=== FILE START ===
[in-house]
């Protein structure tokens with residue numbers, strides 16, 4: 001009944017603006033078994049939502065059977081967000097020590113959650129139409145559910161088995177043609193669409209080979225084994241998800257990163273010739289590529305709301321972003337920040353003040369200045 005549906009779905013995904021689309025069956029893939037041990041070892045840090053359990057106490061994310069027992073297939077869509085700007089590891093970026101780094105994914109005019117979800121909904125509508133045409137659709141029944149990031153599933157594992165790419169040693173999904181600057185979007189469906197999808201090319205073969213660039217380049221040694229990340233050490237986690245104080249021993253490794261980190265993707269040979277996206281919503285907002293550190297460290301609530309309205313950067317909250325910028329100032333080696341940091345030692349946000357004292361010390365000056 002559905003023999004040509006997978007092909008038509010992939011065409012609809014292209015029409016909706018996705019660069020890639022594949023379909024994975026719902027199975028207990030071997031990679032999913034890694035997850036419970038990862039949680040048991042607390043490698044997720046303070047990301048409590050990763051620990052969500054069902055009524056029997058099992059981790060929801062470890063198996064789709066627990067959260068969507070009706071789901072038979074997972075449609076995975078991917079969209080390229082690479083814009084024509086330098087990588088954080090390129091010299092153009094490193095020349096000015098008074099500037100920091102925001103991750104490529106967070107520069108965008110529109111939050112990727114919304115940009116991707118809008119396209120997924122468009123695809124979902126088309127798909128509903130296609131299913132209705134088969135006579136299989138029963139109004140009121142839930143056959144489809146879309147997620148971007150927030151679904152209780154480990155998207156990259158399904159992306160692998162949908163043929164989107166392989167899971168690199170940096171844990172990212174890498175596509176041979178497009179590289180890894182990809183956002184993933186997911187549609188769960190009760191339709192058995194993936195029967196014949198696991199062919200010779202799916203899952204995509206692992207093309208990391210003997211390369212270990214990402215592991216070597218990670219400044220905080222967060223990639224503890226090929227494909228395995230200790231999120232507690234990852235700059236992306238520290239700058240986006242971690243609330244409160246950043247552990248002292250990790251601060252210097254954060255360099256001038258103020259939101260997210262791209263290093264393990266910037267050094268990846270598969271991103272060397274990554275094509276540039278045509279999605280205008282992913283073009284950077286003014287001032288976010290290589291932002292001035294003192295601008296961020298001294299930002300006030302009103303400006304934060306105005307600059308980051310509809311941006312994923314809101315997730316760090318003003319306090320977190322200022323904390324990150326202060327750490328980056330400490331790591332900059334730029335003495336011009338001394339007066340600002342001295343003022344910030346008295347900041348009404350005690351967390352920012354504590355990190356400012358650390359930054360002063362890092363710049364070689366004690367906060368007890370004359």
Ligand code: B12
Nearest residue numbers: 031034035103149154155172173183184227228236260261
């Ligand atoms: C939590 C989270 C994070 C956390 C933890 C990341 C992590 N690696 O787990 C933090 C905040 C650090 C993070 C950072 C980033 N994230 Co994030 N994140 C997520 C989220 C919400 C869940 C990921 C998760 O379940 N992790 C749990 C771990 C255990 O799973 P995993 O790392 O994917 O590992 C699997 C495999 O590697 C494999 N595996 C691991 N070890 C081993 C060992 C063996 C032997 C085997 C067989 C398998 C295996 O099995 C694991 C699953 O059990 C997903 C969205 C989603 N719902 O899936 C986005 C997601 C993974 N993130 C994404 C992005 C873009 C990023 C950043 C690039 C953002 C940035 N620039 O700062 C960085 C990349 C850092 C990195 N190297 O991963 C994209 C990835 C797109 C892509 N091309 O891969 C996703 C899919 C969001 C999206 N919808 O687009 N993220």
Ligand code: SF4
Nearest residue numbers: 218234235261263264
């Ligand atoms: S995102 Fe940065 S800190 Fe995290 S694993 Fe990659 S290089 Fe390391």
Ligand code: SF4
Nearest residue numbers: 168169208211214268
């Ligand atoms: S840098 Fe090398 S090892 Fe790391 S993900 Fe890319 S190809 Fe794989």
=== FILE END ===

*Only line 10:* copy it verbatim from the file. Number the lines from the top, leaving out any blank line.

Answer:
Nearest residue numbers: 168169208211214268